Easley Blackwood, Jr., a composer and pianist of remarkable accomplishment, died on January 22 at the age of 89. This word comes from the University of Chicago Music Department, where he taught for 39 years. Non-musicians today remember his father, Easley Blackwood, who developed the Blackwood Convention in bridge playing. Easley Jr., a graduate of Yale (‘53 and ‘54), was known early in his career as one of the most brilliant students ever of Nadia Boulanger; He studied with Messiaen, too, and on his return to America, he quickly made a national impact with his Symphony no. 1, a Koussevitzky Foundation commission, premiered and recorded by the Boston Symphony in 1958. (Reprinted on Cédille CDR 90000 016.) In the 1970s Blackwood was widely known as a superb pianist, specializing in twentieth-century music. One well-known recital program consisted of Ives’s “Concord” Sonata and Boulez’s Sonata no. 2, both played from memory, and at other times he played Schoenberg, Berg, and Webern (I heard a rumor, which I confidently believe still, that Blackwood learned the piano part of Pierrot Lunaire by ear from Steuermann’s recording before studying the score).
In those same years, up through the 1990s, Blackwood composed an abundance of piano and chamber music, and several more symphonies, mostly in a 19th-century chromatic and thoroughly tonal idiom; I remember harmonically exploratory piano pieces clearly with Chopin and Brahms in the background but with an unmistakably modern American color that is quite original. (Cédille CDR 90000 038; beautifully played by the composer.) His Cello Sonata (1985) includes Blackwood’s program note: “…in an idiom best described as ultra-conservative. Indeed, I have tried to approach, as nearly as possible, the style that I think Schubert would have discovered if he had lived until 1845.” Eccentric this may be, but well worth taking at face value (Cédille 90000 008). At another point in his career, Blackwood studied microtones and tonal tuning systems, and wrote a book about them (The Structure of Recognizable Diatonic Tunings, 1986).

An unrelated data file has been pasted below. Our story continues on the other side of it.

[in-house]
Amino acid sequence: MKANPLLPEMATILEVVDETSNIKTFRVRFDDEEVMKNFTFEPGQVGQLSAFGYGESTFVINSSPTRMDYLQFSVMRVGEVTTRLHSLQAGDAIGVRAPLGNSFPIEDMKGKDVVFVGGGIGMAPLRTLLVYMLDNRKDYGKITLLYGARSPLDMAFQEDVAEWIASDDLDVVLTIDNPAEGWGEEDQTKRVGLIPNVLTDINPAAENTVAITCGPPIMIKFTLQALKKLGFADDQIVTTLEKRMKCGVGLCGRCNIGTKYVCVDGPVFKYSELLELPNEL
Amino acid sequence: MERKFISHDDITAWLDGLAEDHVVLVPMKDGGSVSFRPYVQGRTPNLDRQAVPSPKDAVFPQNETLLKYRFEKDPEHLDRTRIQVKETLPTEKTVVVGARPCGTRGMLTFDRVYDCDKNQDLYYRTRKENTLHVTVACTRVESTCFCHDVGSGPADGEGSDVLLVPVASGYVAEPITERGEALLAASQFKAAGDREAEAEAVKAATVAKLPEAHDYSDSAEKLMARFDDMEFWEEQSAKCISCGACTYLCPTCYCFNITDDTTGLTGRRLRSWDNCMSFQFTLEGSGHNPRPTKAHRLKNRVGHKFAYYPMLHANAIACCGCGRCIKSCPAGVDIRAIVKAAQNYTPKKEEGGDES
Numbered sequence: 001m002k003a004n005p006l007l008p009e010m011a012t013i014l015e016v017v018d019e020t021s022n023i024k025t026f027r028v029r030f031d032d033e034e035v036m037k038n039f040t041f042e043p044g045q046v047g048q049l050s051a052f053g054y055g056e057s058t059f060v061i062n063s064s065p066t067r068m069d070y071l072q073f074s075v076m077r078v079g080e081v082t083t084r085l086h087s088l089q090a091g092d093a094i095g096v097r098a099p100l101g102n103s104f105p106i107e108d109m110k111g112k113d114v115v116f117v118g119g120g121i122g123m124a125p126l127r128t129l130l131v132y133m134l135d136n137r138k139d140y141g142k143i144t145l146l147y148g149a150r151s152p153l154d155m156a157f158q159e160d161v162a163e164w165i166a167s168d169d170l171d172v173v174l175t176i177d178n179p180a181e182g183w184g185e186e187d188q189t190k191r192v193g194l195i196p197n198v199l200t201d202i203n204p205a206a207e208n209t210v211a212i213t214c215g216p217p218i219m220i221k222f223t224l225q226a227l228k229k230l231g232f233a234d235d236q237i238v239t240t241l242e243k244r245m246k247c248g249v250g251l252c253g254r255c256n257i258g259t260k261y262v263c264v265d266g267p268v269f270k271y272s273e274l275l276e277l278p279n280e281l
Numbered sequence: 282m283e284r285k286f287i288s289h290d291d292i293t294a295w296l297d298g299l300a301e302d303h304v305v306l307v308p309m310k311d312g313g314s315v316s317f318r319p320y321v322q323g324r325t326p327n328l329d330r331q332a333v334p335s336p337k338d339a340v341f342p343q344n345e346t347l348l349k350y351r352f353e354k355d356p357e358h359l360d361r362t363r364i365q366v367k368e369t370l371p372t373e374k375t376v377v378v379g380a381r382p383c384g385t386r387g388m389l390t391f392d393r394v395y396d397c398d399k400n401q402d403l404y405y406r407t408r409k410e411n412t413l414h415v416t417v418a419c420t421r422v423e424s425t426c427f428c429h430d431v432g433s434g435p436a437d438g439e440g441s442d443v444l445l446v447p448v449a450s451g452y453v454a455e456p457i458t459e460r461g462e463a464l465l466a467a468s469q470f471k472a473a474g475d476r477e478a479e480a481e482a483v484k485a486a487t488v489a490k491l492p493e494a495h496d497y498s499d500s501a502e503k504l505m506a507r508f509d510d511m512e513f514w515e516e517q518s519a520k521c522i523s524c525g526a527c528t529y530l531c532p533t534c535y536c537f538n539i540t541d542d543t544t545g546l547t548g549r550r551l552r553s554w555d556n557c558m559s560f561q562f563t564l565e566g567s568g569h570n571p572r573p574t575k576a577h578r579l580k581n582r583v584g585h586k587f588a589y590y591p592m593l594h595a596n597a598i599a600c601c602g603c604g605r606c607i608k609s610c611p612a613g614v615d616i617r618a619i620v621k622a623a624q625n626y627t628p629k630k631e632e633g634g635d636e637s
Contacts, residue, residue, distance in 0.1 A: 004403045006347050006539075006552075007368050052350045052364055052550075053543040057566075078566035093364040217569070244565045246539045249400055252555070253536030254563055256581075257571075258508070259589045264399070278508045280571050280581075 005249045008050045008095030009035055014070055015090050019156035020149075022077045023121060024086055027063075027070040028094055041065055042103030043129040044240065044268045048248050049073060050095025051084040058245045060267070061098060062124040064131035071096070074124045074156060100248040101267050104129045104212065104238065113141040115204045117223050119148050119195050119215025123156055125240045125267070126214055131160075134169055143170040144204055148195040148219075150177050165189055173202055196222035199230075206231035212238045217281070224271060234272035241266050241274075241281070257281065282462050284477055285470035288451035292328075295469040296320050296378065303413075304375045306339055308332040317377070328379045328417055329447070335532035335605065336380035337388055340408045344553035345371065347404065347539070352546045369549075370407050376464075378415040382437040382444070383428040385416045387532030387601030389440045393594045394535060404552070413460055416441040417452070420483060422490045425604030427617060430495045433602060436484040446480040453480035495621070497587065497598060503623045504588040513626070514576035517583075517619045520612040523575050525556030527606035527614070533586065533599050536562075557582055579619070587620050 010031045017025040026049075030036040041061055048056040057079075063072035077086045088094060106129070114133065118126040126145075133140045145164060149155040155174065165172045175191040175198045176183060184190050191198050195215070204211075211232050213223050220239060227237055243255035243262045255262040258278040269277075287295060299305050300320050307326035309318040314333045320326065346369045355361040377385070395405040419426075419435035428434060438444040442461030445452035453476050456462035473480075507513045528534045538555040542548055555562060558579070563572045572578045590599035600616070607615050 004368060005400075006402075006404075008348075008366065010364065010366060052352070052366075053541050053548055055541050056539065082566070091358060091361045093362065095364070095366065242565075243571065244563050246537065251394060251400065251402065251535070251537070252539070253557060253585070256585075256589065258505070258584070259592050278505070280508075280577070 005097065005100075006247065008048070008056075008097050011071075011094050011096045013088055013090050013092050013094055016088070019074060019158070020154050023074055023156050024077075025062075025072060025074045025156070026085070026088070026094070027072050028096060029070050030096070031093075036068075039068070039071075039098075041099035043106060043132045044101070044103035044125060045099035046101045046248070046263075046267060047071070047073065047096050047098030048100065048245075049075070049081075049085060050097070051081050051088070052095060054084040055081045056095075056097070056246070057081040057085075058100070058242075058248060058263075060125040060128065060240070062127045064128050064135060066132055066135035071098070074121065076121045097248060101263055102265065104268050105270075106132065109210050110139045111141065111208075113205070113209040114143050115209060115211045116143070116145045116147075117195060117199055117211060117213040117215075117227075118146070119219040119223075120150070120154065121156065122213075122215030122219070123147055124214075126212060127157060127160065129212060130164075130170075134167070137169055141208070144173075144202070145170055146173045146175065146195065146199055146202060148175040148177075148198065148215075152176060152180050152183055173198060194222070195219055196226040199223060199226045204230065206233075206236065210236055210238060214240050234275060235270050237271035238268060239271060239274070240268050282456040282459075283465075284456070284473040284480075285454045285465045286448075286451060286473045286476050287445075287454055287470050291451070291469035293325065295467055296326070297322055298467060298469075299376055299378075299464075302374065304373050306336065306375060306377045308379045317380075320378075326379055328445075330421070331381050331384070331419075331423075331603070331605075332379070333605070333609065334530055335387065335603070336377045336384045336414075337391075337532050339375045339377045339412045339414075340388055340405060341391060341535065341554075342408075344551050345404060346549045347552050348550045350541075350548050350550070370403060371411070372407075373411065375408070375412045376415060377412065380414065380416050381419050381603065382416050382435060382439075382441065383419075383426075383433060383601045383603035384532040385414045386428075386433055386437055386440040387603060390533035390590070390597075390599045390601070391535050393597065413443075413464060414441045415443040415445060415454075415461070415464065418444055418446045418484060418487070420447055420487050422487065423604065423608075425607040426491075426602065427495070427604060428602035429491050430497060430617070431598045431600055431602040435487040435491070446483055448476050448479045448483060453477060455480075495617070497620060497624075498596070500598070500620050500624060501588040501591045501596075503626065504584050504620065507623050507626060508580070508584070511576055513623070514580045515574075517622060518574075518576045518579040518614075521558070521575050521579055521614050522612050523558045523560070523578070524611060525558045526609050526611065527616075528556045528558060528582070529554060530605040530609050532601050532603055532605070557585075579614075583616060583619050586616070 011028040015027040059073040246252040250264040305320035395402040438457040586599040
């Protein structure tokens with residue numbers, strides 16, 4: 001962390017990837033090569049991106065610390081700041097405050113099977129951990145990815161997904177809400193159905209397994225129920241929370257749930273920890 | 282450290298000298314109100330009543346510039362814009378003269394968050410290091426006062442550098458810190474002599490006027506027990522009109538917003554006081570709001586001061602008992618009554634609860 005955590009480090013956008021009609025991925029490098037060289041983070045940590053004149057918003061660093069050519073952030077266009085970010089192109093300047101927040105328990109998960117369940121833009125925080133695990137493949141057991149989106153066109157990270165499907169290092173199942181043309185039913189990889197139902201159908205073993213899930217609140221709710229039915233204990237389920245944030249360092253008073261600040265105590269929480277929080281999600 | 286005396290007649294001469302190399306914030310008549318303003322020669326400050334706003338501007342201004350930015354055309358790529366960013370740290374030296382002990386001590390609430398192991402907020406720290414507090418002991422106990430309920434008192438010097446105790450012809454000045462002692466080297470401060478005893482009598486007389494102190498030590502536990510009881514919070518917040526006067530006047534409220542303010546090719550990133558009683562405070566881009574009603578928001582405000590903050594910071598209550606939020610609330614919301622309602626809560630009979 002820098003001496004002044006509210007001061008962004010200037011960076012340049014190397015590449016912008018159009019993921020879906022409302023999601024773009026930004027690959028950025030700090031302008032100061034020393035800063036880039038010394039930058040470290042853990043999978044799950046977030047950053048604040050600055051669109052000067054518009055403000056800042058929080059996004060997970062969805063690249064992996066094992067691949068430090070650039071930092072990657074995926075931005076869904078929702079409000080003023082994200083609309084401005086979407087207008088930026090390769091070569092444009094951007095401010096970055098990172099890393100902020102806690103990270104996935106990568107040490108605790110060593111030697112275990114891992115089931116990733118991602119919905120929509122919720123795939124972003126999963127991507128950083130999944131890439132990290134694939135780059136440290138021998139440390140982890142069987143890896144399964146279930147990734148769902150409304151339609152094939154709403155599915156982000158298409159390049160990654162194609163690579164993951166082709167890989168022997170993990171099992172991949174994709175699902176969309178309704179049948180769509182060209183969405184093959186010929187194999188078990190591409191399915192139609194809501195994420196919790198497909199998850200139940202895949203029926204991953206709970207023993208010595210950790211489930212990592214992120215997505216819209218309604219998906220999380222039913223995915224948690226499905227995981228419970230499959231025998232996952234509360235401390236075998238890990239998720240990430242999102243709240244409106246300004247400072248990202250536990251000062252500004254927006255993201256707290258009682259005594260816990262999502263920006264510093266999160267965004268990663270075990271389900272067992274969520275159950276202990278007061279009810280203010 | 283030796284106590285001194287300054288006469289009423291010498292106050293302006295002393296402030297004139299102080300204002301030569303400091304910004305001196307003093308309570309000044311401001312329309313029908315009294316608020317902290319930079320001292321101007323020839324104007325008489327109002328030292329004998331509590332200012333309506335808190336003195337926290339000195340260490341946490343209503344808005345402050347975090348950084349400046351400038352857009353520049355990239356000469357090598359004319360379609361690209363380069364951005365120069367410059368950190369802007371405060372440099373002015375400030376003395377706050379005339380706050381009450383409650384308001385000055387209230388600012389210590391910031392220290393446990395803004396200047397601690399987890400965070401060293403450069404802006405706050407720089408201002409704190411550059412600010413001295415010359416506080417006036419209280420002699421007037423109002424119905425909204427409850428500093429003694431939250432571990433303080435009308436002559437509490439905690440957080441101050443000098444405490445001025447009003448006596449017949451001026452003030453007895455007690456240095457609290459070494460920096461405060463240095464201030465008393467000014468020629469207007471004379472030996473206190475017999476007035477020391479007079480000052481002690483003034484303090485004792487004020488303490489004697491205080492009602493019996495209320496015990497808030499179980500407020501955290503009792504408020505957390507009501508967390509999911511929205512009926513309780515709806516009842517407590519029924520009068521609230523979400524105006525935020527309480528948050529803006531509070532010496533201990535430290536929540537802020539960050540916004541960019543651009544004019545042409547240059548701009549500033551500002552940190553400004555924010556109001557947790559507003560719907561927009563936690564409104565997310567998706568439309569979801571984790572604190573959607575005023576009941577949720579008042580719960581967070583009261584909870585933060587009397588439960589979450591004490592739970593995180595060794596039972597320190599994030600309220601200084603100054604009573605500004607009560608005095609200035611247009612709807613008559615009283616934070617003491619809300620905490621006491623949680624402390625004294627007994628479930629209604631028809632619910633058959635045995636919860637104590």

Blackwood’s First Symphony, mentioned above, still strikes me (60 years after I first heard it live) as not only a striking achievement but a profoundly moving, really beautiful piece of music, one that I hope will be revived by the Boston Symphony and elsewhere. It shows an eclectic blend of Berg’s dense atonality, Hindemith’s heavy chromaticism (Blackwood did study with Hindemith at Yale), and a delicate infiltration of Parisian impressionism that seems unlikely but really works. And although relatively classical in form with a marked cyclical thematicity, this symphony is big — 32 minutes long in four movements, with a large orchestra: woodwinds by fours, brass 6-4-3-1, 4 timpani plus a timpano piccolo, the usual percussion plus one pair of antique cymbals, celesta, and a “very large complement” of strings. Only the first movement, Andante maestoso — Non troppo allegro ma con spirito, is really heavy, densely contrapuntal, with wide-ranging melody and several fff climaxes. The second movement, Andante comodo, is lighter, and more clearly tonal, almost to the point of sweetness. The Allegretto grotesco that follows is a conventionally laid-out scherzo but includes a set of mini-variations on a ground bass (I think he remembered Hindemith’s “Turandot” Scherzo from the Symphonic Metamorphosis), and ghostly orchestration. The fourth movement, Andante sostenuto, is long, quiet, and eloquent, very unlike a conventional symphony finale, and is based on a pair of distantly associated but quite tonal chords; one recognizes right away that their first appearance is shamelessly modeled on Act I scene 3 of Wozzeck, at the passage where Marie is “sunk in thought.” This chord pair recurs regularly until the very end of the symphony, when they fade away like the closing of the door at the end of The Planets.